In November 2008, two officials from the International Golf Federation traveled to Switzerland to make a case for returning their sport’s athletes to the Olympics after a century-long hiatus. But as the men made their presentation to members of the International Olympic Committee, they quickly realized they were pitching to an audience fixated on a single player.
Never mind the sport’s global reach or its charitable impact and cornerstone values of honesty and fair play. To Ty Votaw, who was helping make golf’s case for inclusion, it was clear from the start what the I.O.C. considered golf’s greatest asset.
“The very first question asked was, ‘Will Tiger Woods play?’” Votaw said.
Twelve years later, the Olympics still covet Woods — now, perhaps, more than ever. The problem is that there may not be a spot for him.
In 2008, Woods’s participation seemed foreordained. He stood alongside Usain Bolt and Michael Phelps as one of the world’s most dominant athletes, and was coming off a season that had included his 14th major title. For the 10th time in 11 years, he ended the year ranked No. 1. Woods, with his star power, and the Olympics, with their global stage, looked like a marriage brokered in a corporate boardroom.
Yet while Woods’s spirit was willing, a back injury sidelined him for most of 2016, sinking his hopes of qualifying for that summer’s competition in Rio de Janeiro. Golf returned to the Games without him, and the Englishman Justin Rose won the gold medal.
Now, four years later, Woods is the closest he has been to the Olympics since he attended an archery event at the 1984 Games in Los Angeles with his father. To qualify, he must be one of the top four American players ranked inside the world top 15 as of June 22. Woods is currently seventh in the world, but he is only the fifth-best American heading into this week’s Farmers Insurance Open at Torrey Pines in San Diego.
At the moment, Brooks Koepka, Justin Thomas, Dustin Johnson and Patrick Cantlay hold the four Olympic tournament places reserved for Americans. Woods, 44, spoke last fall of his desire to participate in the Tokyo Games, describing it as a “once-in-a-lifetime experience.”
“And especially at the age I’ll be, I don’t know if I have many more chances,” he said.
It may comfort Woods that in the post-World War II era, two United States Olympians, the sailors Paul Smart in 1948 and Everard Endt in 1952, have won gold medals in their 50s. So it’s not necessarily now or never for him. But for an Olympic movement ravaged by the cancers of corruption and cheating, and reeling from the retirements of Bolt and Phelps, there would be no time like the present to plug into Woods’s transcendence.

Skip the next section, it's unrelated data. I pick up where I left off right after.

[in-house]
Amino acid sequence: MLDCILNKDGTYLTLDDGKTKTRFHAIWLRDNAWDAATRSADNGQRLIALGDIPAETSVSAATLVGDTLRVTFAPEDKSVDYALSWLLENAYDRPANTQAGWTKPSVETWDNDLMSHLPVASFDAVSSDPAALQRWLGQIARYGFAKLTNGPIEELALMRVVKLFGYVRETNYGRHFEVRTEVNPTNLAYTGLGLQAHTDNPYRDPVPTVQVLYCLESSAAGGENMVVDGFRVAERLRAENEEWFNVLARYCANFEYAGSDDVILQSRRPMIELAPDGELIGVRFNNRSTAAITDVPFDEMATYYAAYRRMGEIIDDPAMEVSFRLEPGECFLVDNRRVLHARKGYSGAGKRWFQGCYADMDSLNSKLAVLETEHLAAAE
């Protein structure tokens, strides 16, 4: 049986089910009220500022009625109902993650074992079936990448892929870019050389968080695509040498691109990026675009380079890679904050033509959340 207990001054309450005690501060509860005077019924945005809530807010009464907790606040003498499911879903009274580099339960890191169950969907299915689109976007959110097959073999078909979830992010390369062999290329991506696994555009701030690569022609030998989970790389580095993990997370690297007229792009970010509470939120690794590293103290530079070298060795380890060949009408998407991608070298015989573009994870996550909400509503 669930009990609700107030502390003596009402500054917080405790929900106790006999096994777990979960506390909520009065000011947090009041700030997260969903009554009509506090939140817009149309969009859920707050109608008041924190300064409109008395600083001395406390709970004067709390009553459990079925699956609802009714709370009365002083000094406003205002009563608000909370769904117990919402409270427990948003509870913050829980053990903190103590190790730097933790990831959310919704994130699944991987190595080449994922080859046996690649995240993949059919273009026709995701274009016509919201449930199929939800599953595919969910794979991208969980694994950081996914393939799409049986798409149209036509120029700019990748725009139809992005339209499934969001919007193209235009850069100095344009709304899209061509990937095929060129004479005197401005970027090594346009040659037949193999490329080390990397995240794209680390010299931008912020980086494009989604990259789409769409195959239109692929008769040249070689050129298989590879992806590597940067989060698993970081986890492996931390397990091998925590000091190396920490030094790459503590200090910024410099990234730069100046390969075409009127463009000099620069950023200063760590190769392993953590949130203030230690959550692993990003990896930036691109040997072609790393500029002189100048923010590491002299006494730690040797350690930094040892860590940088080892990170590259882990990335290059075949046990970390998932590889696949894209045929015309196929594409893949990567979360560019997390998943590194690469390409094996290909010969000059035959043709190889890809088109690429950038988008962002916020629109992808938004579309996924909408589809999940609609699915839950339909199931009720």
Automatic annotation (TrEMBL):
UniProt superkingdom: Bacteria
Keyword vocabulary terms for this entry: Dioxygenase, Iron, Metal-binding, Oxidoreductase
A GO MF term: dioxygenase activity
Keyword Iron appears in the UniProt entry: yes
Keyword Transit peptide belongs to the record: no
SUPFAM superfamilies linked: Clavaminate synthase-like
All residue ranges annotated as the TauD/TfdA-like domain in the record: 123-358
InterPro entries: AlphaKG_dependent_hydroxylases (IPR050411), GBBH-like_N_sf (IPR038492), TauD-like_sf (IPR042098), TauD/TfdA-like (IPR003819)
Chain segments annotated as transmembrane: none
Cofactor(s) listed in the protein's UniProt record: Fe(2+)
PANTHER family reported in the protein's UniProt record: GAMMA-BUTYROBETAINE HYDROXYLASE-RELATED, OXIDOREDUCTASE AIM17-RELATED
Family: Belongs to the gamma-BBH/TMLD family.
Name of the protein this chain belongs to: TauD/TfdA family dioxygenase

“I know TV companies for obvious reasons are excited about it,” said Peter Dawson, the International Golf Federation’s president.
So, it would appear, is the host country. In October, roughly 60 miles from the Olympic venue, Japanese fans cheered louder for Woods than they did their native son, Hideki Matsuyama, at the inaugural Zozo Championship, which Woods won wire to wire.
Yes, Woods is currently the odd man out among Americans. But that is, as Dawson joked, “nothing that another Masters win wouldn’t cure.”
In 2016, the top four men in line to headline the Olympic field — Jason Day, Jordan Spieth, Rory McIlroy and Johnson — chose not to compete for reasons that included the fear of contracting the mosquito-borne Zika virus. This year, it’s possible an American player or two could be sidelined by something else: money.
The men’s competition in Tokyo will take place two weeks after the British Open and two weeks before the start of the three-tournament FedEx Cup playoffs, which offer a $60 million total purse, including a $15 million payoff to the eventual winner.
The first playoff event is outside Boston, 14 time zones from Tokyo, and so it is not unthinkable that a top player, prioritizing majors over medals or playoff riches over Olympic gold, might decide that it’s not worth making the round-the-world journey to Japan at such a key moment in his season.
Could somebody also stay home because of outside pressure to step aside to make room for Woods?
“There may be some of that,” Dawson said, though he quickly added, “I’m sure Tiger wouldn’t want to get into the Games that way.”
It has happened before, though. At the 2004 Australian swimming trials, the superstar Ian Thorpe, the world-record holder and reigning Olympic champion in the 400-meter freestyle, was disqualified from his heat for a false start after he lost his balance on the blocks and fell into the water. The top two finishers in the final qualified for the Athens Games, and scores of Australians soon were publicly calling on Craig Stevens, the runner-up, to relinquish his spot to Thorpe.
There was no danger that Stevens or Thorpe would miss the Games; both had qualified in other events. But a month later, during a televised interview for which he was paid a six-figure sum, Stevens announced that he was ceding his spot in the 400 freestyle to Thorpe, who went on to successfully defend his Olympic title.
For the moment, Woods still controls his fate. After his victory last year at the Masters, he described the Olympics as “a big goal,” but he admitted “getting there and making the team is going to be the tough part.”
One option, Woods acknowledged, was that he might have to play more than he would like in the first half of 2020 in the pursuit of Olympic qualifying points. A strong finish this week, at an event he has won seven times, would be a great start.
“I just know that if I play well in the big events like I did this year,” Woods said last year, “things will take care of itself.”